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How does part orientation affect a 3D Print?

Written by
Ben Redwood
This article discusses the impact part orientation has on the accuracy, strength, speed and surface finish of 3D printed parts.

Introduction

Designers often overlook the importance that part orientation plays in the final quality of a 3D print. This article discusses how print orientation impacts additive manufacturing processes and also addresses the importance of build orientation by technology.

Importance of part orientation

Part accuracy

Consider a cylinder that is built with a vertical center axis. Additive manufacturing techniques would construct this part as a series of concentric circles layered on top of one another. This would produce a final cylinder with a relatively smooth outer surface. If the same cylinder is reorientated with a horizontal center axis the final product would now have a layer stepping finish on the surface and may require support to complete the print successfully. The cylinder will also now have a flat surface down one side where the initial first layers were printed. By reorienting there is a significant difference in the quality of the final part as shown below.

2 idenitical cylinders with equal layer height printer in different orienations (Left - vertical axis and right - horizontal axis)

Time to print

Orientation can also have an impact on print time. Using the cylinder example from above, for most 3D printing technologies the horizontal axis orientation will take significantly less time to print when compared to the vertical as the total number of printed layers is reduced. For material extrusion processes such as FDM this is not a governing factor as the volume of the build is the same.

Part strength

Some additive manufacturing methods (most importantly FDM) are very anisotropic meaning they have different properties in the x and y directions when compared to the z (or build) direction. It is important to consider the application of a part and the direction loads will be applied if the part is functional. FDM parts are much more likely to delaminate and fracture when placed in tension in the z direction compared to the x and y as the image below illustrates.

3D printing technologies generally are much stronger in one direction compared to another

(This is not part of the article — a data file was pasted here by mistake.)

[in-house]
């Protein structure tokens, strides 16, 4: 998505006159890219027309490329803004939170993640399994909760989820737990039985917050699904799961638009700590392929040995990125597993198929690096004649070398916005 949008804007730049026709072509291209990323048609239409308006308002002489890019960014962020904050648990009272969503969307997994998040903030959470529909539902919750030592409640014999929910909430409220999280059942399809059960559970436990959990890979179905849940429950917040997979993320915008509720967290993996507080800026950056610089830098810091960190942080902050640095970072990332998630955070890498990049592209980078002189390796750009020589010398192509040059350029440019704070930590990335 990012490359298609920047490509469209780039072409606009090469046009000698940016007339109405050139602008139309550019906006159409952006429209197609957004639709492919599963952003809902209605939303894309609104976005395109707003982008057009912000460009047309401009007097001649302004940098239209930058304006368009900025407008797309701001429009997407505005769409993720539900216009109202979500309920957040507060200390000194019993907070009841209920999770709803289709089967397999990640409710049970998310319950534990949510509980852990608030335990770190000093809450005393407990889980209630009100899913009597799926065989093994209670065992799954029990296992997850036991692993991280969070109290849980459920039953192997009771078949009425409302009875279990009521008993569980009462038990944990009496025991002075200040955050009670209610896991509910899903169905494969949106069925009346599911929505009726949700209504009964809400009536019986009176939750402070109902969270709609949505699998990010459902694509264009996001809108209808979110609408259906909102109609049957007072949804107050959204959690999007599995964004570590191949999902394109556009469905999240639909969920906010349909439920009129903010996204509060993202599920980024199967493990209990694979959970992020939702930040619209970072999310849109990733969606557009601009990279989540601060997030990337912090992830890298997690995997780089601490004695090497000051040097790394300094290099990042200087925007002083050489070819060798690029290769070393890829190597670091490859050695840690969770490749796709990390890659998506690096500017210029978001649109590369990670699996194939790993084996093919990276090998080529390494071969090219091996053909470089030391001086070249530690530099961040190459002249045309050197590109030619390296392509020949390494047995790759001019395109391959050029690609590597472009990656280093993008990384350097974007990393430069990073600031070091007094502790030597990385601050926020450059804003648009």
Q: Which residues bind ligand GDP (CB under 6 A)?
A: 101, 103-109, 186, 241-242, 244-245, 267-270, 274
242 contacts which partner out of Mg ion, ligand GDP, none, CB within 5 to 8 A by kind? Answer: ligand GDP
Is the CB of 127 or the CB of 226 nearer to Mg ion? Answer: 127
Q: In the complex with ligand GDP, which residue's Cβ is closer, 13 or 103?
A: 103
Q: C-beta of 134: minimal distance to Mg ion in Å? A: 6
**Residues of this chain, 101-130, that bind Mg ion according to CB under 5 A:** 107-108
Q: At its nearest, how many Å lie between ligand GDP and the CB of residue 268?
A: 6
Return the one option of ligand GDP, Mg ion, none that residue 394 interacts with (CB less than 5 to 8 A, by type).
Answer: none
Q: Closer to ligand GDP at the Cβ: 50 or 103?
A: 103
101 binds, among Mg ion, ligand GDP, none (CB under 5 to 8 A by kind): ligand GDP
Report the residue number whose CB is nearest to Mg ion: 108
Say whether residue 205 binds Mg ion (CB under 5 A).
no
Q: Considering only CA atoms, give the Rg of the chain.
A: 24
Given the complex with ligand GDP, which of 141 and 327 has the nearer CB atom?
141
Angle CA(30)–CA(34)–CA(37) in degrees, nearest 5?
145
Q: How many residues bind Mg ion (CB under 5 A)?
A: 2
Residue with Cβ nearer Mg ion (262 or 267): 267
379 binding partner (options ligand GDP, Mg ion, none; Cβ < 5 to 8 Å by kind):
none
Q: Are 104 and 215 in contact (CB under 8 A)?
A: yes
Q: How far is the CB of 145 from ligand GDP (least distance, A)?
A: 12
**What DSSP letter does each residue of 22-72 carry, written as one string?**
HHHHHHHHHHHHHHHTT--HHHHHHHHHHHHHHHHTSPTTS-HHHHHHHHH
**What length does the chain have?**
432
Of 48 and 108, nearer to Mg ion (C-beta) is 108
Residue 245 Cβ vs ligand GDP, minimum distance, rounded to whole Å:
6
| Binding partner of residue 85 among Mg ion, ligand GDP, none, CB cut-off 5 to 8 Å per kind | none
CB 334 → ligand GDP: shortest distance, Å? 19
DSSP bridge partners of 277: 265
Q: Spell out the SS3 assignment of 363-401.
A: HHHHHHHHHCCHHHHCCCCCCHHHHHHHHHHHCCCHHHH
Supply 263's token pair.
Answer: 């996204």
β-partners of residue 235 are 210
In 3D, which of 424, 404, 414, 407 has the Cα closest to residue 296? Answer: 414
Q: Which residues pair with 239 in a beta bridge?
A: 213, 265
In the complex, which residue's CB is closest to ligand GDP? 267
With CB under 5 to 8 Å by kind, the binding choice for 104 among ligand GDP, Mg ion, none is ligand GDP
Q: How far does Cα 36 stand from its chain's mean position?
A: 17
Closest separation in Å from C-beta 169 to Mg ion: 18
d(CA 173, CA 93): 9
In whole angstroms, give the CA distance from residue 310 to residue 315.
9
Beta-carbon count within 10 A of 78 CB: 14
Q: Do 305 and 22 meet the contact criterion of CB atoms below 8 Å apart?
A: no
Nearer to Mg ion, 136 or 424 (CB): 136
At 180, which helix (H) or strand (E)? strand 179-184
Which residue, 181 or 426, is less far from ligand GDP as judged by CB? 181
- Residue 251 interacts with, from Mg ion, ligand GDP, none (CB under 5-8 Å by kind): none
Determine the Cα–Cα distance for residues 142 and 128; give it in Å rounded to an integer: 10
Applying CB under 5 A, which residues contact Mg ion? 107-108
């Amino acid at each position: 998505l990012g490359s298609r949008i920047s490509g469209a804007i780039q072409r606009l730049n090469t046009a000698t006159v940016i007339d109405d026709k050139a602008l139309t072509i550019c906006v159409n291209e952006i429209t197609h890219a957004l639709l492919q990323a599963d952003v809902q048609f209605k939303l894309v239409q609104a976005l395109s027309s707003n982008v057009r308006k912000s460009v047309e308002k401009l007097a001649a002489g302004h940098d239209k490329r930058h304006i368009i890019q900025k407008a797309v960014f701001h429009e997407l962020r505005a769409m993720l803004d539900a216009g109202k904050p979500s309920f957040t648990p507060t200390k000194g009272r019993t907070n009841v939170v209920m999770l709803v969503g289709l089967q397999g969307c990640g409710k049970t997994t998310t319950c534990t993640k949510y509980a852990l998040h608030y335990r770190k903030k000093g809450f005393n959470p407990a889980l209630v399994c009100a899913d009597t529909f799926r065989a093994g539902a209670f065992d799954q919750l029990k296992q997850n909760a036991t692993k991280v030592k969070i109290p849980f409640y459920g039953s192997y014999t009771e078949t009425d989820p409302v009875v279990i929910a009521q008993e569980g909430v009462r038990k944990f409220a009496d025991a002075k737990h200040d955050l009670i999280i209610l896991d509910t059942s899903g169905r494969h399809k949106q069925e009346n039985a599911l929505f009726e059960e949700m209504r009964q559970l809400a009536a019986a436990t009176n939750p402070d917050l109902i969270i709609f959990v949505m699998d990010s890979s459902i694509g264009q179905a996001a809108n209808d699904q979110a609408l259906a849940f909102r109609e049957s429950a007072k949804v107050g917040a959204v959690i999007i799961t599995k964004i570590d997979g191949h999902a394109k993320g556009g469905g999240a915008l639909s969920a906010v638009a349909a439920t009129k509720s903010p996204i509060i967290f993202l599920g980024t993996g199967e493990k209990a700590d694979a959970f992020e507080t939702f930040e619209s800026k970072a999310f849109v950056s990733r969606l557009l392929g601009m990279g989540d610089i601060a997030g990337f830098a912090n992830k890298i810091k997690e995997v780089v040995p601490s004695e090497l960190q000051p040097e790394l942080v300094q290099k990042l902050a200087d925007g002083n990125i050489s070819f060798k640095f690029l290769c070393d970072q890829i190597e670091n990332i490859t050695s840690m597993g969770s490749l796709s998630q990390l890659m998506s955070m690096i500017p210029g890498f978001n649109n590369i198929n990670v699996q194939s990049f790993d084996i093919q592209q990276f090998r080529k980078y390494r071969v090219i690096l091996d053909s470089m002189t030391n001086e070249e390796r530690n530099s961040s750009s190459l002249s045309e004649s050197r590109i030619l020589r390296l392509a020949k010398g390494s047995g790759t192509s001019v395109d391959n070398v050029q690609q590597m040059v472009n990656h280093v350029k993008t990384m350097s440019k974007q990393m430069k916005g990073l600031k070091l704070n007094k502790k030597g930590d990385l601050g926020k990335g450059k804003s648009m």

Support

Many designers overlook the fact that printing support material adds extra time and cost to a build. Often a lot of time is spent determining the optimal part orientation to reduce the likelihood of print failure and the amount of support that is being used. More information on how to optimise the use of support in a design can be found here.

Surface finish

In general the top or upward facing surface of a 3D print will have the best surface finish.

  • For FDM the top surface is not in contact with the build plate and it typically smoothed by the extrusion tip.
  • For SLA the top surface does not have any support in contact it meaning it requires no post processing.
  • Powder based printing methods like SLS and binder jetting allow the top surface to be solidified by air while the bottom and side surfaces solidify against powder and therefore have a powdery texture.

Part orientation by technology

The following table outlines how important part orientation is on the quality of a part based on the printing technology. This is irrespective of optimising support material or build plate space.

Technology Importance of part orientation
FDM Very important
SLA Very important
SLS Not important
Polyjet Important
Binderjet Not important
Metal printing (SLM or DLSM) Very important
Importance of part orientation on print quality

Written by
Ben's picture
Ben Redwood

Mechanical engineer working at 3D Hubs

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